Friday, March 11, 2011

Could Christ have sinned when tempted by Satan?, On the Gospel for the 1st Sunday of Lent

1st Sunday of Lent, Matthew 4:1-11
At that time Jesus was led by the Spirit into the desert to be tempted by the devil.
It would seem that, if a man could not possibly sin, then he could not be tempted. Indeed, in our fallen condition, we experience temptation as a real choice – when tempted, we really could fall. Moreover, we know that those who are so conformed to God as to be entirely freed from the possibility of sin – we refer to the saints and angels in heaven – these are also freed from all temptations.
Yet, when it comes to the person of Christ, a doubt arises. We are inclined to think that Christ could not sin – since, of course, he is fully God. Yet, on the other hand, we know that Jesus was truly and really tempted by Satan, when he had fasted in the desert. Thus, the question: Could Christ have sinned when tempted by Satan? Moreover, if the Lord was impeccable (i.e. could not sin), how can we say he was truly tempted?

For Christ to sin was an absolute impossibility
When we ask whether Christ Jesus could sin, we recall that we speak of a person and not a nature. To sin is an act of a person, not a nature. Thus, our question really is: Could God sin? To this we answer, simply and absolutely, no. It is an absolute impossibility for God to sin. For God did not make sin, nor could he make sin – for he is perfect Goodness and Love.
Nor does this imply any lack of power in God. To sin is not an ability, but an inability! The possibility of sinning is a defect, a weakness, an inability, an imperfection. Thus, rather than saying (negatively) that God could not sin, we might rather state (positively) that God is free from the weakness of sin. That God cannot commit sins does not entail that there is something God cannot do – for sin is a negative reality, a defect. In other words, precisely because God is perfectly free and all powerful, he is impeccable and cannot sin.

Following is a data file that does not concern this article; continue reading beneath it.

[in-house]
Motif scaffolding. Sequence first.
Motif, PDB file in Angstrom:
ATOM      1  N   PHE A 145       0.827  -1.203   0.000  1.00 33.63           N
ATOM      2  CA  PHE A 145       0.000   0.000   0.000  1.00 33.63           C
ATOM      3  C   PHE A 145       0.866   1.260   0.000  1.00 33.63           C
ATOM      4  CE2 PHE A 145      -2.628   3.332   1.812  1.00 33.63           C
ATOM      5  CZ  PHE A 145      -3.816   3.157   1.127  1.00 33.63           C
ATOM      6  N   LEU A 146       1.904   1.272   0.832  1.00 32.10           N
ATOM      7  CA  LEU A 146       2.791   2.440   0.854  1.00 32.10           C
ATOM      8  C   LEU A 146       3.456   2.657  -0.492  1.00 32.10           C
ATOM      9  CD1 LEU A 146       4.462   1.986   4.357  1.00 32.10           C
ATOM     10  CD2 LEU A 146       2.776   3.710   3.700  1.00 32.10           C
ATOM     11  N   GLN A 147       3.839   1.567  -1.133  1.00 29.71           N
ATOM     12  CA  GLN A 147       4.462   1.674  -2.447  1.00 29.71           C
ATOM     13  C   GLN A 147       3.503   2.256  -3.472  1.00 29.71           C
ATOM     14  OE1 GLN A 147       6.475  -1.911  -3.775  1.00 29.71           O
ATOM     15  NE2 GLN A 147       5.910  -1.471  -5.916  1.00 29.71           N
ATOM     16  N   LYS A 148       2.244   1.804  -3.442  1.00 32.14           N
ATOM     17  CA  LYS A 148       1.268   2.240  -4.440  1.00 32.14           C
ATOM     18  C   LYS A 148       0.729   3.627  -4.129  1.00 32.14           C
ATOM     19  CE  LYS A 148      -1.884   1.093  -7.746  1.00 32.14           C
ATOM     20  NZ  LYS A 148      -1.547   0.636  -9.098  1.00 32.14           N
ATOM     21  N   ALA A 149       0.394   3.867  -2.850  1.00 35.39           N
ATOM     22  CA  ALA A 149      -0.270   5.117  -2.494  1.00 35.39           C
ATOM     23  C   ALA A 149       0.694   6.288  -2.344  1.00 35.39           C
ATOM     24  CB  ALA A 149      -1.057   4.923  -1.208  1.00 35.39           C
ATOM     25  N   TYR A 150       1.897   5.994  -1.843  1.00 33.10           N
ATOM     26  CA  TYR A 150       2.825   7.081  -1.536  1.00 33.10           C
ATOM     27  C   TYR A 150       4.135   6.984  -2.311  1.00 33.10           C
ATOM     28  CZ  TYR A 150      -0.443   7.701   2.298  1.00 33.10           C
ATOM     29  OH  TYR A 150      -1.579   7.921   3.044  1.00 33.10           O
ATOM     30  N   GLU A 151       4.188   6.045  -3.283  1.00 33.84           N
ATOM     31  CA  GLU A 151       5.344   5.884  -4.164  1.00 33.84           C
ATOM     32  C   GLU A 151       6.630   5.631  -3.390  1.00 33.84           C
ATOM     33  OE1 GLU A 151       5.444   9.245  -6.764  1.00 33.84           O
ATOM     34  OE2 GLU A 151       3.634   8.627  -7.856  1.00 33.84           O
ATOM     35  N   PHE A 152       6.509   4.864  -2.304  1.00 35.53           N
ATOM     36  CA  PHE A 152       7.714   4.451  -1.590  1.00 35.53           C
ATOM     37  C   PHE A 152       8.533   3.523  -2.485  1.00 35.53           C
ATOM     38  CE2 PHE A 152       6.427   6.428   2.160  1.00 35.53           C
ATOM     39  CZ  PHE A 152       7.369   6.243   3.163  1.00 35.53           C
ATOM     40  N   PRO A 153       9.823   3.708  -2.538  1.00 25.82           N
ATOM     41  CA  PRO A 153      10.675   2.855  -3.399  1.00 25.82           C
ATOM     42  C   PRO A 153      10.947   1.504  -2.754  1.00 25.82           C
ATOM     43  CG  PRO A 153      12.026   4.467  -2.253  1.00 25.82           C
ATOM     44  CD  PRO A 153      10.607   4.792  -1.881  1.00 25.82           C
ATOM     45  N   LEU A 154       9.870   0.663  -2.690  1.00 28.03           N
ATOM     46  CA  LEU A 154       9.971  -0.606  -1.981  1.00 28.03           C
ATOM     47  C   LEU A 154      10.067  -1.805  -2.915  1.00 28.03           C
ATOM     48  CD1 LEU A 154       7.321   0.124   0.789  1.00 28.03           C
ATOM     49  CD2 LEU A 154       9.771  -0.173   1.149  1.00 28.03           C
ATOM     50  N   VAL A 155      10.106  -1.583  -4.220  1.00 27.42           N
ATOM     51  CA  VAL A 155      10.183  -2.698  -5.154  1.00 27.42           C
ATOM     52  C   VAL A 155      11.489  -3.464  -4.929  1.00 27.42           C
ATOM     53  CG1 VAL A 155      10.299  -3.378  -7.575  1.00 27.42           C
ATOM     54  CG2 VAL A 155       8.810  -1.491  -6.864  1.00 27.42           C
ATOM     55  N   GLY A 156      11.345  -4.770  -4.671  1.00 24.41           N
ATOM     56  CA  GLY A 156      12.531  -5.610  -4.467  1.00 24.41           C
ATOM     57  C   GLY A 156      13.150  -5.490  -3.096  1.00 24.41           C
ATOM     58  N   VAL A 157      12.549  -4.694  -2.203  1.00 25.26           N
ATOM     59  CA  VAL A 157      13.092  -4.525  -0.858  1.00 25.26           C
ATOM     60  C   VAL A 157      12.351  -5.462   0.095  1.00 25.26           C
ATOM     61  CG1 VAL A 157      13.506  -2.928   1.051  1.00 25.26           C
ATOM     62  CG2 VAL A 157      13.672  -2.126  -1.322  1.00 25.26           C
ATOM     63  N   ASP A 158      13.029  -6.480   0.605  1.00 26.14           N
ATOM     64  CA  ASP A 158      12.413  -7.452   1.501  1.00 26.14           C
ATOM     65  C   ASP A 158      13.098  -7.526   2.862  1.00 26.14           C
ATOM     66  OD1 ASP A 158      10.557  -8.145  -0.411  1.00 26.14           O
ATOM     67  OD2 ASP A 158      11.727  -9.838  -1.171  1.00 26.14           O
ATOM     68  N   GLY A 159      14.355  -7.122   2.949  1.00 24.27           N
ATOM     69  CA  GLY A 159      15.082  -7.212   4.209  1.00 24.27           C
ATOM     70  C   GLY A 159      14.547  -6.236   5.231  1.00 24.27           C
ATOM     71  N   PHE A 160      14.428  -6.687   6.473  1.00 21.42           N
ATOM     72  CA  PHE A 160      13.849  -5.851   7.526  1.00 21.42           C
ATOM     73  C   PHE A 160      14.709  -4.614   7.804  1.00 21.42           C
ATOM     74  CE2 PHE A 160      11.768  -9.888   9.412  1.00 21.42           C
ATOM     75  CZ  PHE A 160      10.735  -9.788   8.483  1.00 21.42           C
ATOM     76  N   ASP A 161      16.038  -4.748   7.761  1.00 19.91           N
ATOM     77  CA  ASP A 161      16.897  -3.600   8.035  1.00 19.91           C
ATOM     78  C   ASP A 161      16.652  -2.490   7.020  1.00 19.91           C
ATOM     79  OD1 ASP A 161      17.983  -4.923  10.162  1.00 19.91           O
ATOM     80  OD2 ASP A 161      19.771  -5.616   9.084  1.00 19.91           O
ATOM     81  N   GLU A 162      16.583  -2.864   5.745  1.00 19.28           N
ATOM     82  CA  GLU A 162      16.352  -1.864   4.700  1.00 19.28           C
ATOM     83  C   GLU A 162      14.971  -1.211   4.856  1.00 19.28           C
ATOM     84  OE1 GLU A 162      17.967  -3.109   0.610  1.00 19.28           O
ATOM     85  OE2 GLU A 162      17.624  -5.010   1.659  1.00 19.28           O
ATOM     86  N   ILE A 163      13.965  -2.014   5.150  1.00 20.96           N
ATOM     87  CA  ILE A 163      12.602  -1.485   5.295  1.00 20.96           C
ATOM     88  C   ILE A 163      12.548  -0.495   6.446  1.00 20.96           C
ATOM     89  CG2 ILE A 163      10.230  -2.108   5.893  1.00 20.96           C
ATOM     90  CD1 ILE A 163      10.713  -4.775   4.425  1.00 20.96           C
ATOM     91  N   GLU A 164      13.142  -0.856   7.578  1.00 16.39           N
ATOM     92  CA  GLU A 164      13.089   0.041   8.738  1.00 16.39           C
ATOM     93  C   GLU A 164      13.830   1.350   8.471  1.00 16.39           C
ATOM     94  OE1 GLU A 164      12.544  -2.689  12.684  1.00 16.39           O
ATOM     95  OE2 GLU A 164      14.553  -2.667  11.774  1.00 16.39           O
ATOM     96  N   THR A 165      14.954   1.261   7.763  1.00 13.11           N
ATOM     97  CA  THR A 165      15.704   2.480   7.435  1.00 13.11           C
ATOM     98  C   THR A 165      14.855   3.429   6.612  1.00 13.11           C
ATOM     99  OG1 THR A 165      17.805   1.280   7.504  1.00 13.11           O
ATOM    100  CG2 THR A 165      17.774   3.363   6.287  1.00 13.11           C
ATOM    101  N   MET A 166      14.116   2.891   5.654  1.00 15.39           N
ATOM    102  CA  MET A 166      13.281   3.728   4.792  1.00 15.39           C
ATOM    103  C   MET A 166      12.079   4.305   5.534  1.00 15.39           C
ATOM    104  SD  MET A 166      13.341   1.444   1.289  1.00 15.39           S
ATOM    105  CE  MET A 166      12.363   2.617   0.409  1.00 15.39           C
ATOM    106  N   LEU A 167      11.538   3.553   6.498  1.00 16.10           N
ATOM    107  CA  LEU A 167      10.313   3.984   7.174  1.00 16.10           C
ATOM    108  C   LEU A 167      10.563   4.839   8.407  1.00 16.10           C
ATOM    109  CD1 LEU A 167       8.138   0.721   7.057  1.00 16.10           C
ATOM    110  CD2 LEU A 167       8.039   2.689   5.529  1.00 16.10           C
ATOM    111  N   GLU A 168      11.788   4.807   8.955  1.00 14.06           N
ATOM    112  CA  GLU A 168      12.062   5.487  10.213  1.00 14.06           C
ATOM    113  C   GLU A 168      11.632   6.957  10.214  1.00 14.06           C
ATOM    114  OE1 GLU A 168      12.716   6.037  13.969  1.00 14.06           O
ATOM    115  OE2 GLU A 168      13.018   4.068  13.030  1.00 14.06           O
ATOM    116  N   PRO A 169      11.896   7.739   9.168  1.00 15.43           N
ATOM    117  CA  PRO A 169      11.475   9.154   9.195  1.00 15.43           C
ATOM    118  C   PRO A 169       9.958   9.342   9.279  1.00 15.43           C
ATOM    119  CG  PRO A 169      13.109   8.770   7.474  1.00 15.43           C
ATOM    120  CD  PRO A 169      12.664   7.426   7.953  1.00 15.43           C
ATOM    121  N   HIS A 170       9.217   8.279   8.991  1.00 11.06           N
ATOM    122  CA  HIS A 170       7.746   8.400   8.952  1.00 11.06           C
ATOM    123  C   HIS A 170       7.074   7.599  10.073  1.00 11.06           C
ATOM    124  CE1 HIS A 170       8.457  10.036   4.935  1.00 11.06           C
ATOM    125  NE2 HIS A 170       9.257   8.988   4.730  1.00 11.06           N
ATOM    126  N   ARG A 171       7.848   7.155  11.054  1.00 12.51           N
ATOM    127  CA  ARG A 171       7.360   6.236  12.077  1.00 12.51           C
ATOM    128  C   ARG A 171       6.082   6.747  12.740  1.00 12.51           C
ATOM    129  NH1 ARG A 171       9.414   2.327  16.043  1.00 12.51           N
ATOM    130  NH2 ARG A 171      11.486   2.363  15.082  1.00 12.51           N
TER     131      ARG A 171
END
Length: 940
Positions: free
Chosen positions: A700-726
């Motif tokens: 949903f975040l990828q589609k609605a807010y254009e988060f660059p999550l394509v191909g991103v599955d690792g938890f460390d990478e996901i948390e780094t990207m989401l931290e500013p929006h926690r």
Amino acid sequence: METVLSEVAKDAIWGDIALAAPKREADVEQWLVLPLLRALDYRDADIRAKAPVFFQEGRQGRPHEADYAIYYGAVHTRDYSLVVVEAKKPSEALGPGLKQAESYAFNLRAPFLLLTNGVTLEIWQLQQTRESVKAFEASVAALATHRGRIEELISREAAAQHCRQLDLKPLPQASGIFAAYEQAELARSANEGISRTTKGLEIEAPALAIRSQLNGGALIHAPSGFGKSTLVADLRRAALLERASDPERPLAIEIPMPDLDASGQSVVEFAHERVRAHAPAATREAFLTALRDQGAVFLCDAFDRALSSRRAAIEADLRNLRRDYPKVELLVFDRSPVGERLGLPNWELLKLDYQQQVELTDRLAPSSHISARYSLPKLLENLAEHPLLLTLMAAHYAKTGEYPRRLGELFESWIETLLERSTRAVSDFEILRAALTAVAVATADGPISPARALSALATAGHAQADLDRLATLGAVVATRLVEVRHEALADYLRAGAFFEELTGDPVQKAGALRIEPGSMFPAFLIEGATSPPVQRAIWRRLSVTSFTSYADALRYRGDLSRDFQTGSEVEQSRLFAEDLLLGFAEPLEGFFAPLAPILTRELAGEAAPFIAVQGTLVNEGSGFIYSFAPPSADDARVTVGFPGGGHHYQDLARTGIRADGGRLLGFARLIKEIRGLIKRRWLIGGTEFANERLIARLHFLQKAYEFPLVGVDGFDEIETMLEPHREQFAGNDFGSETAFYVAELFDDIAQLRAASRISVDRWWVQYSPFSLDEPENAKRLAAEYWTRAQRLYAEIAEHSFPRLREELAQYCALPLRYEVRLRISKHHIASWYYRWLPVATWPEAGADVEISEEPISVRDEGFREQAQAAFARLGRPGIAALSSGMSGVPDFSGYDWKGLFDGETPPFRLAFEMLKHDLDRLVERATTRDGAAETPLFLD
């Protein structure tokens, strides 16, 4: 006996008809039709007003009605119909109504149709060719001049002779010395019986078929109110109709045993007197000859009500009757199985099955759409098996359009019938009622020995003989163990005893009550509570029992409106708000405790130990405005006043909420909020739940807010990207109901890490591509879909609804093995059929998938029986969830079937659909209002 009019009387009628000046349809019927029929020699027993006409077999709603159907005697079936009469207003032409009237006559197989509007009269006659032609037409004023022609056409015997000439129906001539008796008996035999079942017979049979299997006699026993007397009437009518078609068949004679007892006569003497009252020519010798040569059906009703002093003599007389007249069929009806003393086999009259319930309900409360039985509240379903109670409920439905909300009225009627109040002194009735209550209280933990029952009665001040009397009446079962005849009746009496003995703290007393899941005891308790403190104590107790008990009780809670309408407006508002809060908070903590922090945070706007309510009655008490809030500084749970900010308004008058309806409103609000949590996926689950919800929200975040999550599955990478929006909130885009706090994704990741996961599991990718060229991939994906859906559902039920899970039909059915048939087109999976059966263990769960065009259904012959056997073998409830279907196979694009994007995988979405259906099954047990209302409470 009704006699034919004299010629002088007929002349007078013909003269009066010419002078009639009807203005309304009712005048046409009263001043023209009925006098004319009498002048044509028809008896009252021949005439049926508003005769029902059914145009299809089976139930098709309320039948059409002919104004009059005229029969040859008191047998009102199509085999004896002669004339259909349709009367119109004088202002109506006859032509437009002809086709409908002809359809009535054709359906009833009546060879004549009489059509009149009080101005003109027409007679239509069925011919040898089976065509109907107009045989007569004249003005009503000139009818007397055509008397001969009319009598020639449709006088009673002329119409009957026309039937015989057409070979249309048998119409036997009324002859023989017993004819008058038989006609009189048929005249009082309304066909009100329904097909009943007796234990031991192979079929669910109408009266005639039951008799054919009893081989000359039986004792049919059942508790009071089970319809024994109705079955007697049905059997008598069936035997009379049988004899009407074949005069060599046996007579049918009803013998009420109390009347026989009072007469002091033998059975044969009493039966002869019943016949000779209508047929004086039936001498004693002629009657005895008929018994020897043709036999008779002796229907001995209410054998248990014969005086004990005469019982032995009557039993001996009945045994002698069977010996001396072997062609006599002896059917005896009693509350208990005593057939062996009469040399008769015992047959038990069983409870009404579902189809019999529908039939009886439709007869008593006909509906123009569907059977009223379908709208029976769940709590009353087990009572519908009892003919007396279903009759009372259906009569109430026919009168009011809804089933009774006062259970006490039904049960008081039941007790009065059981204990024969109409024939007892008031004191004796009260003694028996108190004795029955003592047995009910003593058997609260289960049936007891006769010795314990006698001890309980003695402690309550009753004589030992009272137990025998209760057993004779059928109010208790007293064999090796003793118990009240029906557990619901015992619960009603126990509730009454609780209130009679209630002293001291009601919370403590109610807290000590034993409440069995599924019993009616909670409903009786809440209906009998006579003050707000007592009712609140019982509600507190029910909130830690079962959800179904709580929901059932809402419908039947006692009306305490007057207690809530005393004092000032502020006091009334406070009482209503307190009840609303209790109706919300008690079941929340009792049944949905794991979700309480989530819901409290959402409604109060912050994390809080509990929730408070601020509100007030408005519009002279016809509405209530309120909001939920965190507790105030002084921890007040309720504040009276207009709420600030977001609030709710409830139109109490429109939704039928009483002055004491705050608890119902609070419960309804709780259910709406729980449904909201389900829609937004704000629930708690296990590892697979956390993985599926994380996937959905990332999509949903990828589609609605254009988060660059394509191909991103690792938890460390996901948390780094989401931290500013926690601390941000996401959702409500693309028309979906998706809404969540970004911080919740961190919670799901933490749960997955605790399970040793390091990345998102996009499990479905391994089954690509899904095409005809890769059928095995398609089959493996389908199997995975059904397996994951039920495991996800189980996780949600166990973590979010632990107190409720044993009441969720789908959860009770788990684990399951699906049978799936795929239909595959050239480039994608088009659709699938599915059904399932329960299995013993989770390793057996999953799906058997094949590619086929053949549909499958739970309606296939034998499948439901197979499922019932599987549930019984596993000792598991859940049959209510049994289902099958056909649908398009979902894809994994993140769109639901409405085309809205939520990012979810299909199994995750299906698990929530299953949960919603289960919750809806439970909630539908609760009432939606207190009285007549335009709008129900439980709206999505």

Therefore, when we consider our Lord Jesus, simply and absolutely, we consider that he is a divine person, the second of the Blessed Trinity, and we affirm that it was absolutely impossible that he should sin.  
For Christ to sin was a moral impossibility
Moreover, when we consider Christ in his humanity, we must still affirm that it was a conditional or moral impossibility that he should sin. We admit that, although it is impossible for God to sin, it is possible for a man to sin. However, when we come to our Savior (considering him even as a man), we affirm that it was impossible for him to sin, on account of the graces given his human nature.
From the first moment of his existence, Christ enjoyed the beatific vision – he enjoyed the knowledge and love of God which is given the blessed in heaven. Thus, as to the highest faculties of his soul, Christ is likened to the saints and angels in heaven – who cannot sin. This grace, the grace of the beatific vision, together with the many other graces bestowed upon his sacred Humanity, made it morally impossible for Christ to sin.
The fact that Christ could not sin did not, however, limit his freedom. Just as God is not less free (but rather is more free) for not being able to sin – so too, human beings are more free when definitively liberated from sin. Those, who would claim that Christ could not be truly man without having the ability to sin, implicitly claim that sinning is somehow part of human nature and human freedom. But this is clearly not the case – Adam’s fall was devastating to human nature, it did not liberate man but enslaved him! Therefore, Christ’s freedom from sin – which is expressed in his impeccability – in no way makes him less human, but rather makes him the perfect Man.
Temptation that does not involve sin
When we say that Christ could not possibly have sinned, we affirm that he had no internal inclination toward sin. Nevertheless, though he suffered no internal assaults of the flesh (which result from sin and the fomes of sin), Christ is truly said to be tempted by external assault from the world and the devil (ST III, q.15, a.2, ad 3). In every way that a man can be tempted without sin, Christ was so tempted. And it must be admitted that these were true temptations; since, although Christ in no way submitted to them, they were truly waged against him by the Enemy.
Here it will be useful to quote a passage from St. Thomas’ Commentary on Hebrews (4,15):